The album winds down by tacking on past singles from as long ago as 2021. Tracks such as “Coconuts,” “brrr,” and the Sam Smith collaboration “Unholy” actually take more away from the album than they add to it. Though each of these songs are fun, edgy and fierce, they clash with the new songs. The transition from lines like “Off with your head/Off with the lines that you rehearsed forever,” to “My coconuts/You can put ‘еm in your mouth,” is a sharp contrast, to say the least. None of this is to say that the lighthearted songs are rudimentary or silly, because one of Petras’ strong suits is her knack for writing irresistible songs about sex. But in relation to the other tracks and their Europop influences, the older singles don’t stand as strong.

The inclusion of these tracks is likely Republic Records’ doing, not Petras’ own. By featuring the Grammy-winning “Unholy” and TikTok-viral “Coconuts,” the album appears more successful from a numbers standpoint. Maybe Petras did want the songs on the album, but that seems unlikely due to the dark Europop focus of most of the new songs — which keep in theme with “feeding the beast.” While you can still easily bop your head along with the older singles, the album would likely be stronger if they were shaved off. Petras’ artistic vision is somewhat muddled by the external focus on commercial and chart success.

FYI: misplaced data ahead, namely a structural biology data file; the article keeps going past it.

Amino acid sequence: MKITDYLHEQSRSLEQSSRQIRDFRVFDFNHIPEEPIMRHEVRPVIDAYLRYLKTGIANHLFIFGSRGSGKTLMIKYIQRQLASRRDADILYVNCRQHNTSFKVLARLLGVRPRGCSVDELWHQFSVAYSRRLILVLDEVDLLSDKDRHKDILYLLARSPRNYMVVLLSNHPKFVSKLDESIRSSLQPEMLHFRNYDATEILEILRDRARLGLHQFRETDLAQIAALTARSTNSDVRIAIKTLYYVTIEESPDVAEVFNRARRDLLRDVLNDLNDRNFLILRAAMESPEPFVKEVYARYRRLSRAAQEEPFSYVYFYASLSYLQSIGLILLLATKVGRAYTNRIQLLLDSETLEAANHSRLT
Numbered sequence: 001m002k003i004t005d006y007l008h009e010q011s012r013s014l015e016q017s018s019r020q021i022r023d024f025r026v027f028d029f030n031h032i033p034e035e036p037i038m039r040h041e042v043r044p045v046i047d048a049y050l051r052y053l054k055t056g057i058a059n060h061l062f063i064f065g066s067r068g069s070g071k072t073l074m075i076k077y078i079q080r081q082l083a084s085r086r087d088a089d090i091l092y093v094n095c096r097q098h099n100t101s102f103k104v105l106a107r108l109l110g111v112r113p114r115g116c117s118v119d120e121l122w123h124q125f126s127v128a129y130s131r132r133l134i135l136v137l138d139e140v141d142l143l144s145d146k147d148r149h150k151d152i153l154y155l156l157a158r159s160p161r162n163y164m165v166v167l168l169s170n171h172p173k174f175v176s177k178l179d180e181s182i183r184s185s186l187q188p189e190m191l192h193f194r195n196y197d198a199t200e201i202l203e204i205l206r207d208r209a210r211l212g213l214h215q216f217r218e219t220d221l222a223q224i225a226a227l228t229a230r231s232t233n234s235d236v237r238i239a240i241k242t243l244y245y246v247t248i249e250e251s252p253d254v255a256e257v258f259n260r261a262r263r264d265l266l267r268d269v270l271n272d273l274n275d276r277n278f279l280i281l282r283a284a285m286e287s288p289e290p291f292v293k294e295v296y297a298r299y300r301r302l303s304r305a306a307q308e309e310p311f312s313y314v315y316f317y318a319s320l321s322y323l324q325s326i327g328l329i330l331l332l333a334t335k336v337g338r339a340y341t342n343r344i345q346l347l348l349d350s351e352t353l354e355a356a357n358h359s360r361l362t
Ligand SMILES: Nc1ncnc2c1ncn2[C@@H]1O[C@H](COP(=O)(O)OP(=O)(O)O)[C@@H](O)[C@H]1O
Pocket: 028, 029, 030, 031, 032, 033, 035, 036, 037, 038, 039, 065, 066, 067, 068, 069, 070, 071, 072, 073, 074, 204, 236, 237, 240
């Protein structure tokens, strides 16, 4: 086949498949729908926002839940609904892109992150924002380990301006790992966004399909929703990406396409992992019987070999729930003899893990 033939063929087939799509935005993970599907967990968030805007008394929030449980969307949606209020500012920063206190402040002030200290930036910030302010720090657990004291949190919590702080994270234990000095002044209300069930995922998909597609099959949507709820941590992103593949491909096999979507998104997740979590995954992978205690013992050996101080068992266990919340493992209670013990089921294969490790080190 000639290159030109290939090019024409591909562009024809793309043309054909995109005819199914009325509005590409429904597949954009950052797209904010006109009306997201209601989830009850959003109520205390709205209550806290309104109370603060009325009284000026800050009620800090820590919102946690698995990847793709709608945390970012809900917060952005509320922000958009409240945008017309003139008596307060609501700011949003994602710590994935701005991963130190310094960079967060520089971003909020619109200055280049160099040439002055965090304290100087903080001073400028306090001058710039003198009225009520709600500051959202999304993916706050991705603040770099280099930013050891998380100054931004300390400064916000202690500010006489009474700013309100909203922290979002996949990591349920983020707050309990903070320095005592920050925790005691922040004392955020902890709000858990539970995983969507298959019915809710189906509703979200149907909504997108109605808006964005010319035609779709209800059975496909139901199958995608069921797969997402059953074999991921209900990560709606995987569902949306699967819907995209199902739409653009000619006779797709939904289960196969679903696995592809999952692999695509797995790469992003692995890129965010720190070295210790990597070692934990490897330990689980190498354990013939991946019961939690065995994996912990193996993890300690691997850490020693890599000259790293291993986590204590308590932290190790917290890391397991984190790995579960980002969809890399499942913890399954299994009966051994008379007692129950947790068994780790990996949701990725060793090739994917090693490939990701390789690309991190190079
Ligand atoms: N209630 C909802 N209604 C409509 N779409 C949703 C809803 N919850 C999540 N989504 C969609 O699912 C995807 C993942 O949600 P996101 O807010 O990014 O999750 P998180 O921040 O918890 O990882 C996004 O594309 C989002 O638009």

“Claws” swoops in to save the day in the latter half of the album. The song’s similarity to Petras’ Halloween project, “Turn Off The Light,” is a sweet surprise for longtime fans who relish her references to horror. Thudding bass and heavenly layered vocals carry the listener through feelings of intense infatuation, asking “Am I tripping on acid?/I want you like a drug/Am I crazy for calling it love?” The chorus is a jumpy and entrancing blend of synths that transports the listener to a sonic wonderland. “‘Cause you dig your claws right into my heart so I won’t forget ya/’Cause you sink your teeth in every scar and it gives me pleasure,” Petras sings. In moments like these, she seems to have found her sweet spot for crafting excellent pop earworms. Though there are definitely a couple of outliers, she mostly sticks to her formula of enticing her listeners with user-friendly pop songs. The result is a solid major-label debut that’s sure to find its way into countless clubs and dance floors this summer.

You may also like

Back to Top